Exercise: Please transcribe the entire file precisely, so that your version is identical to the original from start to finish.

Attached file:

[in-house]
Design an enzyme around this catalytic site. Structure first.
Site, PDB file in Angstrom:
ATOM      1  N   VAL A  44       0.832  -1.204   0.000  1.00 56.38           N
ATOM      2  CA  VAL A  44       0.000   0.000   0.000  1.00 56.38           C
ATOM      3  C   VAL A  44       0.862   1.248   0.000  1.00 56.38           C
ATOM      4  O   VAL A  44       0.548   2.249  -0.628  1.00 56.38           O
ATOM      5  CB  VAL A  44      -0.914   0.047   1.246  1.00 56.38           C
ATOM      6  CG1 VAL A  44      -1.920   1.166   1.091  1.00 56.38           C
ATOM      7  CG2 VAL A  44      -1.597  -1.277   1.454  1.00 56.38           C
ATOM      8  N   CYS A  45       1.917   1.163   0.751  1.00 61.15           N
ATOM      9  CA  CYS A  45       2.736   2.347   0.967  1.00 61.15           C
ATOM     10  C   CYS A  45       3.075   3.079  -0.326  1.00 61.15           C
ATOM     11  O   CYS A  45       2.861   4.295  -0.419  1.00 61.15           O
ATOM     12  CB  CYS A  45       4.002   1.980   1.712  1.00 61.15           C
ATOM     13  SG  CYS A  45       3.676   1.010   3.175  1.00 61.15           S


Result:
[in-house]
Design an enzyme around this catalytic site. Structure first.
Site, PDB file in Angstrom:
ATOM      1  N   VAL A  44       0.832  -1.204   0.000  1.00 56.38           N
ATOM      2  CA  VAL A  44       0.000   0.000   0.000  1.00 56.38           C
ATOM      3  C   VAL A  44       0.862   1.248   0.000  1.00 56.38           C
ATOM      4  O   VAL A  44       0.548   2.249  -0.628  1.00 56.38           O
ATOM      5  CB  VAL A  44      -0.914   0.047   1.246  1.00 56.38           C
ATOM      6  CG1 VAL A  44      -1.920   1.166   1.091  1.00 56.38           C
ATOM      7  CG2 VAL A  44      -1.597  -1.277   1.454  1.00 56.38           C
ATOM      8  N   CYS A  45       1.917   1.163   0.751  1.00 61.15           N
ATOM      9  CA  CYS A  45       2.736   2.347   0.967  1.00 61.15           C
ATOM     10  C   CYS A  45       3.075   3.079  -0.326  1.00 61.15           C
ATOM     11  O   CYS A  45       2.861   4.295  -0.419  1.00 61.15           O
ATOM     12  CB  CYS A  45       4.002   1.980   1.712  1.00 61.15           C
ATOM     13  SG  CYS A  45       3.676   1.010   3.175  1.00 61.15           S